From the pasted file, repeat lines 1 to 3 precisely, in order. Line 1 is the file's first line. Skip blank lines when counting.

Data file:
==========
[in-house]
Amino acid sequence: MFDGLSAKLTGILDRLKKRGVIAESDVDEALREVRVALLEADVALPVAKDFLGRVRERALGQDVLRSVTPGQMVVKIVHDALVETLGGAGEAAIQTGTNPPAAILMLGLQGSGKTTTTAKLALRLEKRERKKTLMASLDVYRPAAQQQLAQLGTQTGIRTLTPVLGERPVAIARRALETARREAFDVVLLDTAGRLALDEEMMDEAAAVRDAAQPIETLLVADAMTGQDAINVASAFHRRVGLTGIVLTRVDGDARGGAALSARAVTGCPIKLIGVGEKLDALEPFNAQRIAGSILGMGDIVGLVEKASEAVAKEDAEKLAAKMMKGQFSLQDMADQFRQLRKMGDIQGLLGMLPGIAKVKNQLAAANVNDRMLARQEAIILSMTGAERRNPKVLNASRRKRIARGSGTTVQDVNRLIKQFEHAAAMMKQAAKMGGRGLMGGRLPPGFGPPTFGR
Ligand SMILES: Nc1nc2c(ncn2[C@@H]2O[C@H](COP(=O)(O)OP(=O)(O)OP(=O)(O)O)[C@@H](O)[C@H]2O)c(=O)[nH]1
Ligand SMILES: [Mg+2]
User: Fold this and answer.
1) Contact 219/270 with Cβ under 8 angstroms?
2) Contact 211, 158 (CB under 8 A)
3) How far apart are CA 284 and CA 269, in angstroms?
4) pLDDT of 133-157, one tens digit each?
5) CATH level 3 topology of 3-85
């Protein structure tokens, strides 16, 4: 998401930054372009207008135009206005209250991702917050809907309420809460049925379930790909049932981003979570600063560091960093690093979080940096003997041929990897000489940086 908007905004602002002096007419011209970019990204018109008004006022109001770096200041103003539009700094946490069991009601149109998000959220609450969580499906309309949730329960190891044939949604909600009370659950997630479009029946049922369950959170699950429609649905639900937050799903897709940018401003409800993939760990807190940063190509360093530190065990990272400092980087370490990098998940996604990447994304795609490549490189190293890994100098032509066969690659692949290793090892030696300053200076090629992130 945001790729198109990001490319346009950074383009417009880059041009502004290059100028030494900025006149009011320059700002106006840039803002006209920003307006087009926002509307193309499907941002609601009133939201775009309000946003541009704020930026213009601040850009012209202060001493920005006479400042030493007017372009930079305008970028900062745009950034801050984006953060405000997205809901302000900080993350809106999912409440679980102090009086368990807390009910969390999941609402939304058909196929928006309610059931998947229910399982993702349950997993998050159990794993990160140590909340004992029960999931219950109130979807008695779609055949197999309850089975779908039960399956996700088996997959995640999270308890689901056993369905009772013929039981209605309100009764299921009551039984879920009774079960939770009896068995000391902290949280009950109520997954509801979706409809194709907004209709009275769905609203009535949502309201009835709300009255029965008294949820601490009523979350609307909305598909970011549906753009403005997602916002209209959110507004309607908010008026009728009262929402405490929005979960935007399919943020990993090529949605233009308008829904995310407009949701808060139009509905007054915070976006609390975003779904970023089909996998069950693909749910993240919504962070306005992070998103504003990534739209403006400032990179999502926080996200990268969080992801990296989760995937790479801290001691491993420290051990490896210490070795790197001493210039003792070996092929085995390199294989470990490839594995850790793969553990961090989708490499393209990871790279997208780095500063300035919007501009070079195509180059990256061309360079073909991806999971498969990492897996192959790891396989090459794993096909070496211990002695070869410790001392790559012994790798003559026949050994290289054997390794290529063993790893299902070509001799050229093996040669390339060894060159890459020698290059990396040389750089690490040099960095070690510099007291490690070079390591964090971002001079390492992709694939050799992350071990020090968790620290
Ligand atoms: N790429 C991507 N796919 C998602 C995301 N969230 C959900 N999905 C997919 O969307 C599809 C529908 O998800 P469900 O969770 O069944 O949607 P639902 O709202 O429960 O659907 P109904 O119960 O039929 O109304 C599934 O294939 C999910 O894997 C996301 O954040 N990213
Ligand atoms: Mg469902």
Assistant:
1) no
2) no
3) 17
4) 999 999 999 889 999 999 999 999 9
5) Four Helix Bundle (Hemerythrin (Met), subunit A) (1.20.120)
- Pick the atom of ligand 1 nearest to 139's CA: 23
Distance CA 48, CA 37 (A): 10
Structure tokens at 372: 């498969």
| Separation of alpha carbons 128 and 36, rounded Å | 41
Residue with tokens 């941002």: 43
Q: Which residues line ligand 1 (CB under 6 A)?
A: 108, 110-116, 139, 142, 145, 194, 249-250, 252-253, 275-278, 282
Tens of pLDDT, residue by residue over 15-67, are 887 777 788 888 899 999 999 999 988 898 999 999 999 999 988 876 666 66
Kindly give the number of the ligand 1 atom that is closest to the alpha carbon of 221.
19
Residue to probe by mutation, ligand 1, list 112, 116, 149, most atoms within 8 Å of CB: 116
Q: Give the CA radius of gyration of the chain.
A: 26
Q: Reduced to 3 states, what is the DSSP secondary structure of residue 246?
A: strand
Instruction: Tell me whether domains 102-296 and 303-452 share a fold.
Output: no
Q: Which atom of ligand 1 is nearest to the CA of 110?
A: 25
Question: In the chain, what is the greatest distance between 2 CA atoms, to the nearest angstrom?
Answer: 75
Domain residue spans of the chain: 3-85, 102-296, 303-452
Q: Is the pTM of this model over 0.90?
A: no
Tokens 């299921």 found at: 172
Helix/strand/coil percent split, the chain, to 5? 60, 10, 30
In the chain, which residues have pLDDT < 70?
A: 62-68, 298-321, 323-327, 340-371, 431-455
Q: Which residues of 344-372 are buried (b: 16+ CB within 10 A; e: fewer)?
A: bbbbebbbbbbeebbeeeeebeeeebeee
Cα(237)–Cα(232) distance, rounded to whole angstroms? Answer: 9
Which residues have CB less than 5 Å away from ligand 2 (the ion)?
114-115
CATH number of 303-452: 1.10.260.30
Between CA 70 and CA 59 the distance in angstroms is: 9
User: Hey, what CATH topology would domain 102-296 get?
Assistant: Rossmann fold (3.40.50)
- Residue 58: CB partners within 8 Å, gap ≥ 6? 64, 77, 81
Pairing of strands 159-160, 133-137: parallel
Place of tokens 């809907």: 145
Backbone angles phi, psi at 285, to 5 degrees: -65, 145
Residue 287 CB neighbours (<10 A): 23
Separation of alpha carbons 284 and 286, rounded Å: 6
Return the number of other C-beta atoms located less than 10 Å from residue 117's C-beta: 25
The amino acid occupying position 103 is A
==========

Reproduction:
[in-house]
Amino acid sequence: MFDGLSAKLTGILDRLKKRGVIAESDVDEALREVRVALLEADVALPVAKDFLGRVRERALGQDVLRSVTPGQMVVKIVHDALVETLGGAGEAAIQTGTNPPAAILMLGLQGSGKTTTTAKLALRLEKRERKKTLMASLDVYRPAAQQQLAQLGTQTGIRTLTPVLGERPVAIARRALETARREAFDVVLLDTAGRLALDEEMMDEAAAVRDAAQPIETLLVADAMTGQDAINVASAFHRRVGLTGIVLTRVDGDARGGAALSARAVTGCPIKLIGVGEKLDALEPFNAQRIAGSILGMGDIVGLVEKASEAVAKEDAEKLAAKMMKGQFSLQDMADQFRQLRKMGDIQGLLGMLPGIAKVKNQLAAANVNDRMLARQEAIILSMTGAERRNPKVLNASRRKRIARGSGTTVQDVNRLIKQFEHAAAMMKQAAKMGGRGLMGGRLPPGFGPPTFGR
Ligand SMILES: Nc1nc2c(ncn2[C@@H]2O[C@H](COP(=O)(O)OP(=O)(O)OP(=O)(O)O)[C@@H](O)[C@H]2O)c(=O)[nH]1